Meet the chef: Gareth Stevenson on Welsh cuisine, sustainable sourcing and his favourite local producers

The restaurant at Palé Hall, in Bala, Gwynedd, has just been awarded the new Michelin Green Star for its sustainable practises. Here, its head chef reveals what he loves about Wales' food scene.

By WELSH GOVERNMENT FOOD & DRINK WALES
Published 1 Mar 2021, 10:52 GMT
When it comes to sustainable sourcing, Gareth says that 'it's a big part of what we do ...

When it comes to sustainable sourcing, Gareth says that 'it's a big part of what we do and are trying to do as an industry in Wales.'

Photograph by Palé Hall Hotel & Restaurant

Taking inspiration from its rich natural larder, a growing number of young chefs are revolutionising the food scene in Wales, plucking ingredients from land and sea for fresh, innovative dishes. Also benefiting the country’s culinary scene is its determination to remain aligned with the green curve. In kitchens across Wales, chefs — steered by an ambitious vision set out by the Welsh Government — are increasingly adopting a low-waste approach, meticulously observing the seasons and experimenting with ingredients nurtured just down the road. The focus is firmly on local, from shellfish found clinging to rocks along the west coast, and shoals of mackerel and sea bass fished a little further offshore, to organic cheese churned from the milk of Welsh cattle. There’s even a growing crop of distillers gathering fruits and botanicals for prime gins.

How would you describe your cooking?
I use a lot of classic flavours with a few added modern techniques. And although there are elements of Japanese culinary culture and a few bits of Middle Eastern thrown in, I’d say it’s more modern European. 

Tell us about your menu.
We have three menus at Palé Hall: a five-course, eight-course and a casual dining option, all of which have been developed and inspired by our local surroundings. We follow the seasons and speak to our producers and suppliers and develop dishes based on their experiences. Seasonality and locality are the two main driving points — and it’s my job to take those raw ingredients and elevate them.

What is it about Welsh ingredients that you love?
For me, it’s synonymous with nature and quality. Drive in any direction from Palé and you’ll see Welsh cattle grazing in fields and Welsh mountain lambs — and both are on the menu. There are even orchards where fruits are pressed on site and transformed into botanicals for entirely Welsh gins. It’s world-class, in my opinion.

How important is sustainable sourcing for you? 
It’s a big part of what we do and are trying to do as an industry in Wales. People want to know where their food comes from and that it’s had either little impact or a good impact on our surroundings. I think we have a responsibility for future generations.

Who are your favourite local producers?
We use a fantastic butcher, T J Roberts & Son, which sources a lot of our Welsh produce and ages meat to spec for us. There’s also the Rhug Estate, an organic farm 10 miles down the road, and David Ogilvie, who supplies our rare breed lamb. And then there’s Conwy mussels, which are hand-raked in North Wales.

When you’re not working, where do you like to eat in the area?
There’s a great pub in a nearby village, Llandrillo, called the Dudley Arms, that does spot-on homemade food. I really want to try Michelin-starred Ynyshir Restaurant and Rooms, on the coast of Mid Wales.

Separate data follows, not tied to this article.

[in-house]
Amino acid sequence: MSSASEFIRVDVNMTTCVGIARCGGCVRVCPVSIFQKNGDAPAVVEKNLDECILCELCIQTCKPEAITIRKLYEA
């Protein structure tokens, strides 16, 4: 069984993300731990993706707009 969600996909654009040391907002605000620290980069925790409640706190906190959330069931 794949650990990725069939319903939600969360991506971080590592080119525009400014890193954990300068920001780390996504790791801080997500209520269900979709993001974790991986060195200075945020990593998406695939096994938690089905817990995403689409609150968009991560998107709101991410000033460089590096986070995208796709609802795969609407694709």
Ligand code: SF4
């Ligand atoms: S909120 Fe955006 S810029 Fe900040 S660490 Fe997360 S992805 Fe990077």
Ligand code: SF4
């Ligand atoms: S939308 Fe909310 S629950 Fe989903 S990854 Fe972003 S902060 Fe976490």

Which are your favourite Welsh regions for food?  
We’re really lucky in Wales. Up in the north around Anglesey, you’ve got crabs, lobsters and Conwy mussels. Come a little further down to Mid Wales and you’ll find fantastic meat producers, and on the west coast, hauls of mackerel and sea bass, with large producers of meat and lamb further inland. There’s excellent shellfish around the Pembrokeshire coast and great cheese in the south.

What’s your food philosophy?
It has to be flavour first; I don’t put something on a plate just because it looks good. It’s not all aesthetics; if it’s on the dish, there needs to be a reason. Local produce where possible, too, is fundamental to my cooking. At Palé Hall, we grow our own salad and micro herbs, and pluck apples and pears direct from our orchard to make chutneys. Finally, it has to be sustainable — not just in terms of food mileage, but thinking about kitchen waste and putting it back into the growing cycle.

Do you have an all-time favourite ingredient?
That’s such a difficult question. I love cheese and underused cuts of meat like oxtail — they’ve such an incredible depth of flavour. I love rhubarb and strawberry. It’s too tricky to answer. If you asked me the ingredient I loathe, I can answer that. Kippers.

What’s your guilty pleasure? 
Smooth peanut butter. On a spoon. And not a teaspoon.

Who’d be your dream dinner guest?
Anthony Bourdain as my number one. I could watch his programmes for hours on end. He had so much charisma, an insatiable love for food and drink, and he could tell a story. I’d say that’s the ideal dinner guest. And also Ryan Reynolds — for one, he’s very funny. And he’s also just bought Wrexham, my Dad’s football team.

What does the future hold for you as a chef?
Hopefully a Michelin star. I’d also love to have my own restaurant. I’ve been working with the government on sustainability in the industry and how we can improve and I’d love to get more chefs on board. For me, it’s about having a clear conscience, and if you travel to Wales, you’ll be able to dine on excellent food with a clear conscience.

For more information on the Welsh Government's new sustainability vision, visit: businesswales.gov.wales/foodanddrink/how-we-can-help/land-sustains-us

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